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Letter: Higher Poverty Incidence in Balochistan‏

According to the geological survey of Pakistan, out of 50 minerals extracted nationally, 40 are obtained from Balochistan. The province has more than 200 million metric tons of coal deposits, one billion metric tons of copper, 2.5 million metric tons marble, 300 million ounces of gold and 1.5 billion tons of granite. It has the largest range-land for livestock grazing, over 750 km of coastline that is rich with fishery and for decades it has supplied cheap natural gas to the industrial areas of Pakistan.

Despite being resource rich, the province has acquired the status of a “lagging region” where living standards and social indicators are amongst the lowest in the country.

The real problem in Balochistan is poverty and it may be the biggest cause of violence here. Despite being the lowest populated province, more than 52%of the population lives below the poverty line, the literacy rate is around 29% female primary school enrolment is barely 20% and nearly one-third of the population is unemployed.

The province has Pakistan’s most anemic growth record, worst infrastructure, worst water crises and weakest fiscal base. It has highest poverty, lowest social indicators and weakest state institutions.

Sui gas brought an industrial revolution in Pakistan but Balochistan still lacks an industrial base which is the single biggest cause of unemployment in the province. The natural gas was discovered in Balochistan in 1952 but still its many districts remain deprived of gas transmission facility. According to an estimate the province produces natural gas worth Rs 85 billion annually but gets only Rs 7 billion as royalty from federal government.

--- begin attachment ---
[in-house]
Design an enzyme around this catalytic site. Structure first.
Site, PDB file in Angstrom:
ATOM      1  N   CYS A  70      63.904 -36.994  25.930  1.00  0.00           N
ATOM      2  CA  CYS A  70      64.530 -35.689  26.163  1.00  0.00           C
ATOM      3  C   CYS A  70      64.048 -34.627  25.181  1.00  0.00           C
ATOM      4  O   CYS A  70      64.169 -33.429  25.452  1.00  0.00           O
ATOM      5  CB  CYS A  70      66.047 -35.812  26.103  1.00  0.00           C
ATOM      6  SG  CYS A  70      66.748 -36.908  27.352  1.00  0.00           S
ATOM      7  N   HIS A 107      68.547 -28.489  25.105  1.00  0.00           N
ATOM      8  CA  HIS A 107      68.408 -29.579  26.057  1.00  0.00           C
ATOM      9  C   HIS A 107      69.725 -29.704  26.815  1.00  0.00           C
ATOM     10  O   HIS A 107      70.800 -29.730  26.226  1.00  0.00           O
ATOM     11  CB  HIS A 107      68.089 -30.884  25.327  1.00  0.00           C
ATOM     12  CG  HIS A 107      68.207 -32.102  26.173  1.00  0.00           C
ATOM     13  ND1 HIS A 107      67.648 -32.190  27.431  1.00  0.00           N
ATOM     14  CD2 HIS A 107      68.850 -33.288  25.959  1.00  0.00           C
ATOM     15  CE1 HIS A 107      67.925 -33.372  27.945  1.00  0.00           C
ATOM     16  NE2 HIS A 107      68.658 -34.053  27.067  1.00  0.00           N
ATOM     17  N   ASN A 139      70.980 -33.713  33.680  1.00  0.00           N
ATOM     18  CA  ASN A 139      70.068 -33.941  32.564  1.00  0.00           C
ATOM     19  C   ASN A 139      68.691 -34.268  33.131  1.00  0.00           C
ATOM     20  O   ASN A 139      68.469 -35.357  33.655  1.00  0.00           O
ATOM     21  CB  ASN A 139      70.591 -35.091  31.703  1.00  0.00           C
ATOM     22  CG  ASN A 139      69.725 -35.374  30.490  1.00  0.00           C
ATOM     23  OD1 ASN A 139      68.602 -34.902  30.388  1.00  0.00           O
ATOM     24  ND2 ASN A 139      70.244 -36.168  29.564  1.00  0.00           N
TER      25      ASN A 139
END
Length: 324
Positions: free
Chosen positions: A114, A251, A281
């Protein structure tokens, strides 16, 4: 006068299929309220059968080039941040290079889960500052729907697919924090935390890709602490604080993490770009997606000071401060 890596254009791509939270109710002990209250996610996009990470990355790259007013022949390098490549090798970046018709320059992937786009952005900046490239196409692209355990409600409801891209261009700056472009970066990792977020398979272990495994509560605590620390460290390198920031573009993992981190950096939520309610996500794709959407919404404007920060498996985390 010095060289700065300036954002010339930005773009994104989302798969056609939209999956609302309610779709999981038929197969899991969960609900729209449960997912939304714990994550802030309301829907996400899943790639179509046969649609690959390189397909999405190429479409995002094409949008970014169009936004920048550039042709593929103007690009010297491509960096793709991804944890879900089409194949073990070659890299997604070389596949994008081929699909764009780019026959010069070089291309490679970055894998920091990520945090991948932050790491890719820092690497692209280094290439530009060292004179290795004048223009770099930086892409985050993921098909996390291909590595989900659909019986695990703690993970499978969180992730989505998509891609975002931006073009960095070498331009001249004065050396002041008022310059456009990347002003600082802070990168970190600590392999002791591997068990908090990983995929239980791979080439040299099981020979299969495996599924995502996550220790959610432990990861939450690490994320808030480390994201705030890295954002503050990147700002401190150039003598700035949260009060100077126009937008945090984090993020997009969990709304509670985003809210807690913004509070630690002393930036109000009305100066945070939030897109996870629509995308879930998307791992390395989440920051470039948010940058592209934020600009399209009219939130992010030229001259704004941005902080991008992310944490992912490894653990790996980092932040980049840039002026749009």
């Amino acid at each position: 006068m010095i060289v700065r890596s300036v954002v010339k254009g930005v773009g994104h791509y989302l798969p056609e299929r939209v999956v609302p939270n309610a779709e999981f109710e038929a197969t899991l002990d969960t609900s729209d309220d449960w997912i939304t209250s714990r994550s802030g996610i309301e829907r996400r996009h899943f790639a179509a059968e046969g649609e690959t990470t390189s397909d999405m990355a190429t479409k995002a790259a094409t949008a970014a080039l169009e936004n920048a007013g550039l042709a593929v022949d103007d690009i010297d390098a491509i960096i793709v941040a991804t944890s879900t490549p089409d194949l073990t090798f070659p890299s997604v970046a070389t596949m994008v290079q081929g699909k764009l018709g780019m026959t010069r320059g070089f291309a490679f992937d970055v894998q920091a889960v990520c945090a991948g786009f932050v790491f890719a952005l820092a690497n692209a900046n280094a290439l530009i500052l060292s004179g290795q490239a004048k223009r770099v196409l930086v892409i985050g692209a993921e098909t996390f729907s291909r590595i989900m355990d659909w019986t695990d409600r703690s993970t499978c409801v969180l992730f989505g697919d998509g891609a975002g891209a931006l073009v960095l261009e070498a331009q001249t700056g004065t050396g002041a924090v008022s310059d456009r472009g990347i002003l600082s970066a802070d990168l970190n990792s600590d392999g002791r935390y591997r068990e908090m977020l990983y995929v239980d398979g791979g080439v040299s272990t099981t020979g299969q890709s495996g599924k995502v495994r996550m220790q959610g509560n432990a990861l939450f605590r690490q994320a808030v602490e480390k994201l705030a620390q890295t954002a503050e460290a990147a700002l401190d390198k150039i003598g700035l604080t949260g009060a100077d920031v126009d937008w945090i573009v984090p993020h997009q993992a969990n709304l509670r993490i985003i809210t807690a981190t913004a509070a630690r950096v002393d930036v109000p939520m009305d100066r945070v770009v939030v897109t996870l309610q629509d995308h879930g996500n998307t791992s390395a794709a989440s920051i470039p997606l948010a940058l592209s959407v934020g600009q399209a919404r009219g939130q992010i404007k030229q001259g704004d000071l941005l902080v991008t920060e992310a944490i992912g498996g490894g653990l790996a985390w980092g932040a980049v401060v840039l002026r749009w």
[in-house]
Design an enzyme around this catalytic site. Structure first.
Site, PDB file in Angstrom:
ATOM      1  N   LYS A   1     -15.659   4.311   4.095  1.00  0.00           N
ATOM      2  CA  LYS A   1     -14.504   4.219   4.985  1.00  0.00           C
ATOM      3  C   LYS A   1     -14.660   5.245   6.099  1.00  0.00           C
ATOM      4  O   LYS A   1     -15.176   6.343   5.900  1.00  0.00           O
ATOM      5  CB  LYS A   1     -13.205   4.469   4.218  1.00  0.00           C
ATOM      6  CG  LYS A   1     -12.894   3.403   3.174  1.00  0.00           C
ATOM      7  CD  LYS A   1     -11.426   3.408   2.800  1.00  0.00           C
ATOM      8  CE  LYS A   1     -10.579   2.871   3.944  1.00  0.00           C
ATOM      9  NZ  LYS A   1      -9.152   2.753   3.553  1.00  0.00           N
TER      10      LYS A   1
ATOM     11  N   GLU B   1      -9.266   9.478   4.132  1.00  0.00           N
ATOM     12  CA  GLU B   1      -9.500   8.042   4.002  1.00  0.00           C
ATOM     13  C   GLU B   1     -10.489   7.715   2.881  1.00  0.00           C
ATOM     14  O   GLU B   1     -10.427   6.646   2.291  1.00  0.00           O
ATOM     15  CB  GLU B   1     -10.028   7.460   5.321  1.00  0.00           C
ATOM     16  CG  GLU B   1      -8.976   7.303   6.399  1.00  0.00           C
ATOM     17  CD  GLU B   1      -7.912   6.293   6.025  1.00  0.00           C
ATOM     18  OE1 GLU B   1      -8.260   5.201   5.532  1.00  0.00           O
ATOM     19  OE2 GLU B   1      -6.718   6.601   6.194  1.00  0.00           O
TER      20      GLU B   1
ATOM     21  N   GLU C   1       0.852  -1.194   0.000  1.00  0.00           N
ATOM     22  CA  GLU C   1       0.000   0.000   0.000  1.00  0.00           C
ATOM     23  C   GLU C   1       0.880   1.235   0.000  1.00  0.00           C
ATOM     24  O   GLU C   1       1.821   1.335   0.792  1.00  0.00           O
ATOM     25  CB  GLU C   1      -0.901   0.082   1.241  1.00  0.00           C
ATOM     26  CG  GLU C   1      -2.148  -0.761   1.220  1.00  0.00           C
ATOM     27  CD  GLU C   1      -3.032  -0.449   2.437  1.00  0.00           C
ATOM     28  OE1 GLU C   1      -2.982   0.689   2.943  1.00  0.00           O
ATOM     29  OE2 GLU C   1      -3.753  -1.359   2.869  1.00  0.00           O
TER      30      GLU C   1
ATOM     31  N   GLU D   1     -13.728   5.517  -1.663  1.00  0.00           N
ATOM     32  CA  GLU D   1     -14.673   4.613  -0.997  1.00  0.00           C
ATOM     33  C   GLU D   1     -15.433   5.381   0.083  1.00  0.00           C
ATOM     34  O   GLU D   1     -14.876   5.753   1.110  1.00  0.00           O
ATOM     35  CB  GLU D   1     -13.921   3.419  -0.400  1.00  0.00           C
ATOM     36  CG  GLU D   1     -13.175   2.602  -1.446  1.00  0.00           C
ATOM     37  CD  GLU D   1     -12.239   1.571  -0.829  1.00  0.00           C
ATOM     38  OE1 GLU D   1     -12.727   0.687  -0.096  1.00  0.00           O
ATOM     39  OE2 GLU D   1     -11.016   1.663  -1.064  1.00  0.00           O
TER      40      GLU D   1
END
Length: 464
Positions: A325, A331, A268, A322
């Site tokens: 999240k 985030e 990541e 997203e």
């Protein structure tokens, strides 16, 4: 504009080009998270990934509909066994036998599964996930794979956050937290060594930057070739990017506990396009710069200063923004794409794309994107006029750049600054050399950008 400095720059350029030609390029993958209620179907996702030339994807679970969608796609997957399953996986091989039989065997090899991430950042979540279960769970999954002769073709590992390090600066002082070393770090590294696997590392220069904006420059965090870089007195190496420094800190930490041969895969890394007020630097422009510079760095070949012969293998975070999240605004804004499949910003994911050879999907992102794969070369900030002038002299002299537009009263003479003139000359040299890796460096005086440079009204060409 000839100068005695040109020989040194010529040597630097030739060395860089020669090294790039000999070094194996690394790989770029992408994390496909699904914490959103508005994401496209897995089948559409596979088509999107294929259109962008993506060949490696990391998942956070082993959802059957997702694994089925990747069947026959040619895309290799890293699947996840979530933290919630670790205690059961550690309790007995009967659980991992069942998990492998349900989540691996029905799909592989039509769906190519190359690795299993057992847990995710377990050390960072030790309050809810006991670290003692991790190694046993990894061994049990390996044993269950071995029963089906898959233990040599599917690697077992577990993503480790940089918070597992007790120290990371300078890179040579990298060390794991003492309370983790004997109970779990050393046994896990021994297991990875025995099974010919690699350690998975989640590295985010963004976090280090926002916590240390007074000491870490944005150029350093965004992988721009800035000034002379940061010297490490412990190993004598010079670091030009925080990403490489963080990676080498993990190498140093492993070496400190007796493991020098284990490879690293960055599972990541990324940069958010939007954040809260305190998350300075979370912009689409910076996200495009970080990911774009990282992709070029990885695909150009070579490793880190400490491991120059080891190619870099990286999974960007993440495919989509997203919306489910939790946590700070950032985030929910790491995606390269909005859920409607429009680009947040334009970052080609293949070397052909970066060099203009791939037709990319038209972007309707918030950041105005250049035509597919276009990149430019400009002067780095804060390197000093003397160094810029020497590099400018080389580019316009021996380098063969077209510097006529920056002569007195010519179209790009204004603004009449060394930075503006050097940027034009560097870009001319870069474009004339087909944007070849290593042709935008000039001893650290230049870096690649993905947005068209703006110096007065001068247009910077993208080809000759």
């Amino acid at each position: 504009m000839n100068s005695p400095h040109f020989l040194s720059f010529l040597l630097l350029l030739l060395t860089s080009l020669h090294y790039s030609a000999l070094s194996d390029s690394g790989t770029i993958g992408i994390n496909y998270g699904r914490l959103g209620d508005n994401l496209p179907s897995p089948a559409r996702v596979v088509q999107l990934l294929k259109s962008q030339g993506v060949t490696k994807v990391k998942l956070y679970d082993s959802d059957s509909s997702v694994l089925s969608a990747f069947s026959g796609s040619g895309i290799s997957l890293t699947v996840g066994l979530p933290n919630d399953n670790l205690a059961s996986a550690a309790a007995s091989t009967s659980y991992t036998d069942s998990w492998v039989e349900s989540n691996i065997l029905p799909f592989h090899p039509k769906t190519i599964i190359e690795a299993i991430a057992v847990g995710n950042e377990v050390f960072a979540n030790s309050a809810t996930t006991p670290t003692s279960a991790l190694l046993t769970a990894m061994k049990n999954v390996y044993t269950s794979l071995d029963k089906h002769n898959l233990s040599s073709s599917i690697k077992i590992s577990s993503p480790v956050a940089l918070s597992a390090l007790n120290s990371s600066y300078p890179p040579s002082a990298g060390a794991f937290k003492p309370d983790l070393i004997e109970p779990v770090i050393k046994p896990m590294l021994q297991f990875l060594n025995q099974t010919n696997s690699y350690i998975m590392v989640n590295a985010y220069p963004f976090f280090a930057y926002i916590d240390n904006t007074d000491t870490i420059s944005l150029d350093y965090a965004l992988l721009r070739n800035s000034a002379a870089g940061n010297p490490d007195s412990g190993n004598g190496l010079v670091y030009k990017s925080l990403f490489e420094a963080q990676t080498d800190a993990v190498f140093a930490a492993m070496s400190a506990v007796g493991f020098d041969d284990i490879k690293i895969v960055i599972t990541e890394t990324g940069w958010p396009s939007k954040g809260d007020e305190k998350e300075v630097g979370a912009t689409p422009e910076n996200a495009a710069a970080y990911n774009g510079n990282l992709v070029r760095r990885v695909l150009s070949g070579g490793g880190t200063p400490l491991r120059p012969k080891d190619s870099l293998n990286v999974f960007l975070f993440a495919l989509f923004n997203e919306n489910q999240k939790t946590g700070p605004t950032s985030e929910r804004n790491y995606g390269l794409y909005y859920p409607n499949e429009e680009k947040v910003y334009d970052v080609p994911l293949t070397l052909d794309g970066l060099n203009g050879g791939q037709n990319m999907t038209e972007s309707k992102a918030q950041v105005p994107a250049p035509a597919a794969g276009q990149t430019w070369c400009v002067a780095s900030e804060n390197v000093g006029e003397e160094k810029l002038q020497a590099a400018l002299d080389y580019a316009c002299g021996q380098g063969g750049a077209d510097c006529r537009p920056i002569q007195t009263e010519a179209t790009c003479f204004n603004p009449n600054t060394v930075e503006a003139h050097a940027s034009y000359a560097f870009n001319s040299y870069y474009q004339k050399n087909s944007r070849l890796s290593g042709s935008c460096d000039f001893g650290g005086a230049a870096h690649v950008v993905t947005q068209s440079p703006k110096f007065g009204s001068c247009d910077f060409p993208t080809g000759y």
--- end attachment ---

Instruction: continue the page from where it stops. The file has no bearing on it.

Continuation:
The incidence of poverty in Balochistan is higher than any other province, despite the fact that it is endowed with reserves of gas, coal, gold and copper. Only 20% of people here have an access to safe drinking water compared to 86% in the rest of Pakistan. Village electrification is only 25% compared to 75% in the rest of the country. Only 6% of the land is cultivable and productivity is low because of the arid conditions.

Balochistan is Pakistan’s most resource-rich province. Yet, it is also Pakistan’s poorest province. It is an irony that a land can be so blessed with natural resources and be one that has long provided the nation with oil, gas and power to keep its economic engine running, but its own people are still dying as a result of hunger, malnutrition, lack of food, water and every basic facility.

Riffat Wahab Baloch

Published in The Balochistan Point on January 4, 2015

Disclaimer: Views expressed in this letter are those of the author and The Balochistan Point not necessarily agrees with them.

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